RMNP is a bit of a zoo in the summer. Arriving at 7:20am, the trailhead lots on Bear Lake road were already full, so we had to park at the visitor center and take a shuttle bus to the Glacier Gorge trailhead. We headed up the pretty and very popular Loch Vale trail:
|Stream in the Loch vale|
|Sharkstooth and the Andrews valley|
|My hiking partner Dustin on the way to Andrews Tarn|
|Alpine meadow with Sharkstooth still looming on the ridge|
Andrews Tarn is a beautiful little blue-green lake, surrounded by wildflowers and backed by the Andrews Glacier - which is really more of a permanent snowfield, but I guess RMNP decided "glacier" sounds more impressive. The snowfield does develop dangerous crevasses in the late summer, and people have died descending when conditions are icy.
|Andrews Tarn and Andrews Glacier|
|Edge of the glacier|
We came prepared with ice axes and microspikes, and the snow was in great condition: soft enough to kick steps in, but firm enough to prevent any postholing.
|Dustin on the glacier|
|On my way up|
I'd been worried about my fitness level, or lack thereof, after months spent at the keyboard instead of on the trails. Thankfully, my genetic gift of altitude adaptation did not fail me. Most hikers slow waaaaay down once you get over 11,000-12,000 ft, whereas to me, that feels no different than sea level. I wasn't exactly blazing up the glacier, but I had no trouble keeping a steady pace. Let's hear it for extra red blood cells! (And golden mega-stuff oreos. They help a lot, too.)
|A distant Dustin nears the top of the glacier|
|Woo hoo! Nothing like a beautiful day in the mountains.|
At the top of the glacier is Andrews Pass and the continental divide, which in this area of the park is an open expanse of tundra.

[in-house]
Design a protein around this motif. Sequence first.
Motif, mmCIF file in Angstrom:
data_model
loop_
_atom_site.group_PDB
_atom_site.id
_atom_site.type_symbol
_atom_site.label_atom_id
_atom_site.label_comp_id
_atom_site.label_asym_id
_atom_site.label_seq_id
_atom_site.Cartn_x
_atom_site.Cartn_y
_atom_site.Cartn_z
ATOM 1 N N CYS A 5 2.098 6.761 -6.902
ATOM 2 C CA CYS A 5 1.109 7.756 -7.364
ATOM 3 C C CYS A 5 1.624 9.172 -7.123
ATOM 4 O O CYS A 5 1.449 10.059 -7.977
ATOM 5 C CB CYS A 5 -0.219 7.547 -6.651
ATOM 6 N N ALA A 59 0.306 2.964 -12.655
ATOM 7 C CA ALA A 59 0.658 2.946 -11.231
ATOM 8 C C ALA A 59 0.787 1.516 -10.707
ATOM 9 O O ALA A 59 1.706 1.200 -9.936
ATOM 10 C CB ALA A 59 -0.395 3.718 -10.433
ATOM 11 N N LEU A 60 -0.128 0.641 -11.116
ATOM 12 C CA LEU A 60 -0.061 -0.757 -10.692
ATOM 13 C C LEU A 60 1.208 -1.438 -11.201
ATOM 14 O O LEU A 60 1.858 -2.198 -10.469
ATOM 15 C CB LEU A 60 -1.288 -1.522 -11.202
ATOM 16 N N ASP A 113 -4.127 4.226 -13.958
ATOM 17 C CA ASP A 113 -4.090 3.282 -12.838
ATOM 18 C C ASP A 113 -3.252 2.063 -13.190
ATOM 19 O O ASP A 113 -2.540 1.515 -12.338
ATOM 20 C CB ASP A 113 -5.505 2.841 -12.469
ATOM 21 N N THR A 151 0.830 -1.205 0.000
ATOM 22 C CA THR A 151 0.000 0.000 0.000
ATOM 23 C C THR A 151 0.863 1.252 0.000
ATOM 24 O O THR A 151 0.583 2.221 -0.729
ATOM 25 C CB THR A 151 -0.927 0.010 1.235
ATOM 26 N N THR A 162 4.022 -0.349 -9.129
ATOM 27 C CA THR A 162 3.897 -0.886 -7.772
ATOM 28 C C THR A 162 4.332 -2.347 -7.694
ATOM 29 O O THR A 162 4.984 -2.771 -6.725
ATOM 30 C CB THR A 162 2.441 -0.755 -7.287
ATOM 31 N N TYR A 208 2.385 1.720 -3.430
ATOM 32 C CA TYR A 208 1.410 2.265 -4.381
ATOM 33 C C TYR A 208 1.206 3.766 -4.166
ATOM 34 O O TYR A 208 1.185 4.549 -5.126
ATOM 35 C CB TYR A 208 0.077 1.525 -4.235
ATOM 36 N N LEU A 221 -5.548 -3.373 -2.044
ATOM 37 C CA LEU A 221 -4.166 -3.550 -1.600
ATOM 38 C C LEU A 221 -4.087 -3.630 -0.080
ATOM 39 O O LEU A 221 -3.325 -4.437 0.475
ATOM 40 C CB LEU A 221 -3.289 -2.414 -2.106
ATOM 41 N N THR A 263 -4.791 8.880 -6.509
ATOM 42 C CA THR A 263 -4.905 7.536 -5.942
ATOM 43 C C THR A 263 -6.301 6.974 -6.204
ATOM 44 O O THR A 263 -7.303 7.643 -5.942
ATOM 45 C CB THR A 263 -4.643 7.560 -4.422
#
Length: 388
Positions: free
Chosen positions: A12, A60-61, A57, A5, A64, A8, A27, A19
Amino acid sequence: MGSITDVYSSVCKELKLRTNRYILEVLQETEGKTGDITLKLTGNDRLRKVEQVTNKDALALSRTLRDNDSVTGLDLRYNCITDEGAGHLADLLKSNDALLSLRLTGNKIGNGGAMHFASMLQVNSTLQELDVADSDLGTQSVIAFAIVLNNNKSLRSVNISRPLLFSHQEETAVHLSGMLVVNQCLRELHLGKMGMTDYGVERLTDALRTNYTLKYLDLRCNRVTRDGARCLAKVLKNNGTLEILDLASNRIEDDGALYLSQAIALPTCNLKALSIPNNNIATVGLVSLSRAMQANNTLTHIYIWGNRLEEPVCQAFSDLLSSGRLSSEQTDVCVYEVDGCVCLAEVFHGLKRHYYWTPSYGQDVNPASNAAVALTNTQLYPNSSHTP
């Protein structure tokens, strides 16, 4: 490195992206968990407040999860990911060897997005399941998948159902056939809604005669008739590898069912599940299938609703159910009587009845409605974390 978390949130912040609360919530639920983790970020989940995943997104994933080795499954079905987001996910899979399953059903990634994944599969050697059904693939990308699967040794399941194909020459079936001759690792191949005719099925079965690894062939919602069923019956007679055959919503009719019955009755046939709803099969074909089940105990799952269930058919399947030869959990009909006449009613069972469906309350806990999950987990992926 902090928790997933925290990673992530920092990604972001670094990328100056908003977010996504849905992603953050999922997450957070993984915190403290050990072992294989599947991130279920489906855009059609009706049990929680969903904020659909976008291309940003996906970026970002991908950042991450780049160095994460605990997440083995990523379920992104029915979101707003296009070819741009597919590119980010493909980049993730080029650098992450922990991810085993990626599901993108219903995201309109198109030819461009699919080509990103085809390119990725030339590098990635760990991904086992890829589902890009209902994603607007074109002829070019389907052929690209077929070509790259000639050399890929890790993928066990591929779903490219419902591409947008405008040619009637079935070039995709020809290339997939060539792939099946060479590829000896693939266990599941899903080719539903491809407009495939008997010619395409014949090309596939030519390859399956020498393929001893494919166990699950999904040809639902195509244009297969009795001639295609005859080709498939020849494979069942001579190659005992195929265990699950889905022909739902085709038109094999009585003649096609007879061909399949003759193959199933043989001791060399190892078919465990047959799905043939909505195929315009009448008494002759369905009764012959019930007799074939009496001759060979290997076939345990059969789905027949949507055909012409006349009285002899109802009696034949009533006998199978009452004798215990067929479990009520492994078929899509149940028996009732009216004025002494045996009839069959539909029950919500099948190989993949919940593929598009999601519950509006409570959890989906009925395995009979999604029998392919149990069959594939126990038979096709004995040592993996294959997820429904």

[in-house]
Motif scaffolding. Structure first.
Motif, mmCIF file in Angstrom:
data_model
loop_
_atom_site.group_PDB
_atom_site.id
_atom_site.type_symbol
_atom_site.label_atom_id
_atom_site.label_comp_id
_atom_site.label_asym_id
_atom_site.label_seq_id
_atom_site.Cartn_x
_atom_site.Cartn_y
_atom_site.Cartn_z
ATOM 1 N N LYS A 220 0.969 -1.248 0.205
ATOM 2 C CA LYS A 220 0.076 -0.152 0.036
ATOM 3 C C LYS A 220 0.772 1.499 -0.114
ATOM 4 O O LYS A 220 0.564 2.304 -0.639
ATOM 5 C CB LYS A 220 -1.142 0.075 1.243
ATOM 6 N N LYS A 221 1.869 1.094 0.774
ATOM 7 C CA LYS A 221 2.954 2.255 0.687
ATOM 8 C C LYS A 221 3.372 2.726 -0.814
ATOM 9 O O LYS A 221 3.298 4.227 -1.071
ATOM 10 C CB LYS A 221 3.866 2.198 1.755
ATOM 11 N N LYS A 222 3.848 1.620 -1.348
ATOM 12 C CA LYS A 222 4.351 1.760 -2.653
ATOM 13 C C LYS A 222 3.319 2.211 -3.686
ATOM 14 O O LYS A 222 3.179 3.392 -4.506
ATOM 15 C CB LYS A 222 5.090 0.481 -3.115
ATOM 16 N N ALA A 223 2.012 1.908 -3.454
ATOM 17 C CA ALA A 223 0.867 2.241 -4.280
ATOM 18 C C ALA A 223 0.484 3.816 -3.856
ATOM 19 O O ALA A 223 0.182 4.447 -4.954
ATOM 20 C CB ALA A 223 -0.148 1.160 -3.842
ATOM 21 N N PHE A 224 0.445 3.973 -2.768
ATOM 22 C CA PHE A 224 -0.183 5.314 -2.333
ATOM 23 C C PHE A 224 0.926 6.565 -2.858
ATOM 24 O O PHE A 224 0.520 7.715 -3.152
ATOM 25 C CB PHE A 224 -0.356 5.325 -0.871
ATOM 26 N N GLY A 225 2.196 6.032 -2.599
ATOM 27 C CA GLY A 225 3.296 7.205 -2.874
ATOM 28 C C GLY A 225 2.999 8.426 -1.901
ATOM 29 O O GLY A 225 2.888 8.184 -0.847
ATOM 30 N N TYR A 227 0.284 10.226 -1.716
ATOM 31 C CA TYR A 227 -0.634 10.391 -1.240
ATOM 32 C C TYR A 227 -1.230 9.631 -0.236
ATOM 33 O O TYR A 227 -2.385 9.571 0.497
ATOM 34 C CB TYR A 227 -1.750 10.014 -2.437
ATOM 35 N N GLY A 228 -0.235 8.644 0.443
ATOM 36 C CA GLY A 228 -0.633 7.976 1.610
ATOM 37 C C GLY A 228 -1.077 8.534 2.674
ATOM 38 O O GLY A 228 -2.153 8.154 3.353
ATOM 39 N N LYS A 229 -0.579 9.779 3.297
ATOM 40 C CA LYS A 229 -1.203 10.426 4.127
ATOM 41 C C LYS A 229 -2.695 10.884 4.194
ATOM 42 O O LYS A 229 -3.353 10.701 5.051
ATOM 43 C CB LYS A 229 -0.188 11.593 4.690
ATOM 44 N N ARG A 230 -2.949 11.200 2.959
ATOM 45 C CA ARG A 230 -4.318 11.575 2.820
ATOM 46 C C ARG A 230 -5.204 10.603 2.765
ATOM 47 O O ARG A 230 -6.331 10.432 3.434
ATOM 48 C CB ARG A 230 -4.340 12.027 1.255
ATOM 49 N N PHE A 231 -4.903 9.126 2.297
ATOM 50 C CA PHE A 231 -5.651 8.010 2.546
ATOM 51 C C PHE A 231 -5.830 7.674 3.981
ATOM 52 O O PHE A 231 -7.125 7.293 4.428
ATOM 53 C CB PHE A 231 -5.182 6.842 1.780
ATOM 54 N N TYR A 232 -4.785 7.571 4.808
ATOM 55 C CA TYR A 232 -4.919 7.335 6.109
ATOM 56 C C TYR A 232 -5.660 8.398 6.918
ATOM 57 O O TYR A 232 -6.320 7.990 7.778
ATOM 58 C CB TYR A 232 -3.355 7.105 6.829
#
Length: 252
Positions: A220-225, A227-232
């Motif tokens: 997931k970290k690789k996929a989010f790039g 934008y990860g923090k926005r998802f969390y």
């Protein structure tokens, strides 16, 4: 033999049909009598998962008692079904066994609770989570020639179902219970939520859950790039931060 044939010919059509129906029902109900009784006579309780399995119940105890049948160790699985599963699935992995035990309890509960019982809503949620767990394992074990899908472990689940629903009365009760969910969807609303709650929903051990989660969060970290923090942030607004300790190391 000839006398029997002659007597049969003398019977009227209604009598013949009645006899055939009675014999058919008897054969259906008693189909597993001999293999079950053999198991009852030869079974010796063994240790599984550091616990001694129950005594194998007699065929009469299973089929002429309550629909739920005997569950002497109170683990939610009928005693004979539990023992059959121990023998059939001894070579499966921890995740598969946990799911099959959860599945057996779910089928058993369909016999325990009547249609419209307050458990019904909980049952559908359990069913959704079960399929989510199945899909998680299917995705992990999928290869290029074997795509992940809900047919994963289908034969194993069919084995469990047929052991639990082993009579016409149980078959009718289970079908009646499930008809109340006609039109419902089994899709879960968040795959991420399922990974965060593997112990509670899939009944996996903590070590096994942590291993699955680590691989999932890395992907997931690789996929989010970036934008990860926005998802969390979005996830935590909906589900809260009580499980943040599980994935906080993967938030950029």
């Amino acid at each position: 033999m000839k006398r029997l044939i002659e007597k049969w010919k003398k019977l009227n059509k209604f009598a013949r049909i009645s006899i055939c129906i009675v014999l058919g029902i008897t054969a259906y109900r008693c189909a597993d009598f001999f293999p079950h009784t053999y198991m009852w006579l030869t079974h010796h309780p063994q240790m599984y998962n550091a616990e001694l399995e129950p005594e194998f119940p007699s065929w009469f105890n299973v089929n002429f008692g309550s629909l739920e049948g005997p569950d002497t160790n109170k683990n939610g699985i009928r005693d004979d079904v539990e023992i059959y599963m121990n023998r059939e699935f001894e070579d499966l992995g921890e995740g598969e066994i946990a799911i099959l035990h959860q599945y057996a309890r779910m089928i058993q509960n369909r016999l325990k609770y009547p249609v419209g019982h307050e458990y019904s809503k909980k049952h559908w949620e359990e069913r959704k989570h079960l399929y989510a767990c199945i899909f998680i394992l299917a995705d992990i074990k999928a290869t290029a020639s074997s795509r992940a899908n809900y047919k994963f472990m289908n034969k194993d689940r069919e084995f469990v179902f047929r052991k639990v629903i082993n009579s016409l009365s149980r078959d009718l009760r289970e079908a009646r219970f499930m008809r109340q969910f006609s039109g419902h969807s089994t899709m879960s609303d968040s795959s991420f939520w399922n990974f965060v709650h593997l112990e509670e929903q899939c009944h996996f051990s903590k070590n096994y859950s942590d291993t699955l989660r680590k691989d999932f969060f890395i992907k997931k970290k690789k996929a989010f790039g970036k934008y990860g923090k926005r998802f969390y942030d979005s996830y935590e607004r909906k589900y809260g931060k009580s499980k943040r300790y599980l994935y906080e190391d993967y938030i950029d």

|View from Andrews Pass|
I love the tiny wildflowers that cover the tundra in summer. So delicate, so beautiful, and so hard to capture with an ordinary camera! But here's a shot of my favorite little blue flowers:
|Tyndall Glacier and Hallett Peak|
We met some friendly young marmots on the way:
And enjoyed some impressive views of Longs Peak:
|Backside of Longs Peak|
The clouds were growing ever darker, so we hurried down the Flattop Mountain trail, not wanting to get caught by a thunderstorm above timberline:
|The storms are coming!|
Thankfully, the thunder held off until we'd reached the trees. Along the way to Bear Lake, we had a nice view down into the gorge that holds Nymph Lake, Dream Lake, and Emerald Lake. (Dream Lake is where I filmed my Kickstarter video!)
|Looking down at Emerald Lake|
My endurance and conditioning hold up well even after a long time without hiking, but my little feet do not. They were quite sore by the time we reached the Bear Lake parking lot and the shuttle back to our car. But every ounce of soreness was worth it (and they'll soon toughen up properly). A day in the mountains is like a drink of cool water to my soul. There's no better way to refresh creativity - and now Labyrinth of Flame is nearing publication, I look forward to many more mountains days to come!